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Pretending . . .

Pretend play can be powerful because reality can be suspended. By suspending reality, children can level the playing field and even feel that they have the advantage. After all, though children can be very wise and insightful at times, there are some real frustrations that go along with being a child, namely being younger, smaller, …Continue reading

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Play and anxiety . . .

Challenges are typically preceded by feelings of anxiety. If anxious feelings are managed well, then anxiety can serve as a useful emotion because mastering age-appropriate anxiety and its accompanying challenges is an incentive for learning new skills. Mastering age-appropriate anxiety is possible when a child’s abilities are put to the test without the child feeling …Continue reading

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Downtime . . .

Downtime is important for the healthy growth and development of your child. Your child’s brain needs breaks in order to process the incoming flood of new information. Being idle allows the brain to take what it already knows and then think, reflect, and change. Idle time allows the circuitry to develop. Unstructured free time is …Continue reading

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Storytelling . . .

Telling stories is one playful way to help children address important themes in their lives, particularly those that children might prefer not to talk about. Discharging powerful feelings connected to memories and experiences is important, though, so residual feelings are not left to bubble up later in life. Stress over family changes and other fears …Continue reading

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Transformation and play . . .

When kids play, they are not just having fun. Play allows kids to try out new ways of being, behaving, thinking, and feeling. When kids play, they are allowed to break out of established patterns and experiment with being a new self with new ways of interacting with the world. Even as adults, it is …Continue reading

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Responsible little people . . .

How can we help our children develop a sense of responsibility? Let’s consider some of the possibilities. First, children need to experience their own feelings. We want to protect our children, yet we cannot shield them from all of life’s experiences and the emotions that go along with them, so keep them safe but allow …Continue reading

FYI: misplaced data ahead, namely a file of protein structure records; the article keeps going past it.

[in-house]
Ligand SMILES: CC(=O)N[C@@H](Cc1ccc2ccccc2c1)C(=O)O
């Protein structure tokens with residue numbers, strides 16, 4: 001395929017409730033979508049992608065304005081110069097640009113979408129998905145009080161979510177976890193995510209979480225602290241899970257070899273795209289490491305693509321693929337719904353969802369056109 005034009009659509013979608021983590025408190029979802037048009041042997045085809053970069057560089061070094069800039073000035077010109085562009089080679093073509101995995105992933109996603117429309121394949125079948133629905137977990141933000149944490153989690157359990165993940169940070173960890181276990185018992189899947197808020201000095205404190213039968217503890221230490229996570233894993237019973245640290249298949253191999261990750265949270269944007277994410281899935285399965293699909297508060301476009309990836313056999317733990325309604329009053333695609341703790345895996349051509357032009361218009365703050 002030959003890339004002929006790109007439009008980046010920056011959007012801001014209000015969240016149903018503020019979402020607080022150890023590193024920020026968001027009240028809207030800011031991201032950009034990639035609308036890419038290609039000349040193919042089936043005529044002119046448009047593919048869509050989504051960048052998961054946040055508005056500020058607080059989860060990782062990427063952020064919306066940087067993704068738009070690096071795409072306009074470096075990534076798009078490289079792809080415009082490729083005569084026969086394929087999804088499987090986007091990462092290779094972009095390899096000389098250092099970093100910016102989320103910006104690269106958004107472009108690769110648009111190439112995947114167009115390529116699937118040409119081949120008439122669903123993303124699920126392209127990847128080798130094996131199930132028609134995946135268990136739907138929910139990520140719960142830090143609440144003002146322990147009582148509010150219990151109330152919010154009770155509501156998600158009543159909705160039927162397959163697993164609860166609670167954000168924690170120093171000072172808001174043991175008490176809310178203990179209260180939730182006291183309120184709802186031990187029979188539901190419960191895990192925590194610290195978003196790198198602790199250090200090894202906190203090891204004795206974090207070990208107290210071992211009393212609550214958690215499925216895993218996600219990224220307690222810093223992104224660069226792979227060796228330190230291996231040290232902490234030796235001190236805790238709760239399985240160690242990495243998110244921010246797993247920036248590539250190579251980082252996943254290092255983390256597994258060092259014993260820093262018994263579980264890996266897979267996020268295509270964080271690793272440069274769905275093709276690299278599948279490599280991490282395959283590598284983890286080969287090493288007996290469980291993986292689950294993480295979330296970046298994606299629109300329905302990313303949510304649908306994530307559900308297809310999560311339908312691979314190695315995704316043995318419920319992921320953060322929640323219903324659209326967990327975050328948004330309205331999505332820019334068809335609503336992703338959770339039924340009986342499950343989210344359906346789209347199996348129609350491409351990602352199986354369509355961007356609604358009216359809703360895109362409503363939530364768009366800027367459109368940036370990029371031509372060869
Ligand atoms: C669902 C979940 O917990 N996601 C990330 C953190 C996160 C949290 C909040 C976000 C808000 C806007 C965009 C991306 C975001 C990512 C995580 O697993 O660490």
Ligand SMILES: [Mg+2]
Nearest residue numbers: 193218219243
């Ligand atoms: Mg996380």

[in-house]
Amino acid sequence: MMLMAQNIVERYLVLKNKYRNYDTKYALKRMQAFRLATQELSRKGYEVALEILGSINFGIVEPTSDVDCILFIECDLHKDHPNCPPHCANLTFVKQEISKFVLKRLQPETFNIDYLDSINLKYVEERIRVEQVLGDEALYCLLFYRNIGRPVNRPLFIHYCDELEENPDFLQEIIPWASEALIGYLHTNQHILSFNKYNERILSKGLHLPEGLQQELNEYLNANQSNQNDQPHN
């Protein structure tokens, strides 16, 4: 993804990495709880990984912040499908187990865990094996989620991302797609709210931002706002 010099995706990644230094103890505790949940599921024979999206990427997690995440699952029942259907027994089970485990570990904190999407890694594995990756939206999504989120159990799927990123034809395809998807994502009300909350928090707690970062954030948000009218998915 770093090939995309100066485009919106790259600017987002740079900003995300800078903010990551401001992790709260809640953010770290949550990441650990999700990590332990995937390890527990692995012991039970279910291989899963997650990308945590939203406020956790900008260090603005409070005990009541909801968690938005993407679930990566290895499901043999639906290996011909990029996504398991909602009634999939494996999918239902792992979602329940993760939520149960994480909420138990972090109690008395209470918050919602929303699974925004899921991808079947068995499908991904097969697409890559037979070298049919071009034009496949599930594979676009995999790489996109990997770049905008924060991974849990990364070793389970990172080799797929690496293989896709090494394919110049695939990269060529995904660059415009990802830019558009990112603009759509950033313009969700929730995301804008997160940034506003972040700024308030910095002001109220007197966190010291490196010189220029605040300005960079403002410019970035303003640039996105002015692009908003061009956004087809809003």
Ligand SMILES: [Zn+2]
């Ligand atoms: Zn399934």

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Disagreements . . .

Disagreements are merely differences of opinion. Since disagreements are unavoidable, the real key to disagreeing is doing it in a way that respects the parties involved. Kids need to learn how to respectfully disagree, and parents have an opportunity to teach this lesson. Here are a few suggestions: Listen to your child calmly and carefully …Continue reading

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Physical play . . .

Adults can easily forget that kids learn a lot through physical play. Physical play might involve roughhousing, wrestling, climbing, swinging, and running around. All children need this kind of play, and participating in it is one of the ways kids can learn to solve problems. Take self-soothing as an example. When children have a hard …Continue reading

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Listening . . .

A nurturing relationship involves open, honest communication, and that kind of communication involves listening as well as talking. We need to listen to our children. When we listen, really listen, we show our children that we respect them and that we care about their thoughts and feelings. By carefully listening, we “tell” them that they …Continue reading

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Listening . . .

A nurturing relationship involves open, honest communication, and that kind of communication involves listening as well as talking. We need to listen to our children. When we listen, really listen, we show our children that we respect them and that we care about their thoughts and feelings. By carefully listening, we “tell” them that they …Continue reading

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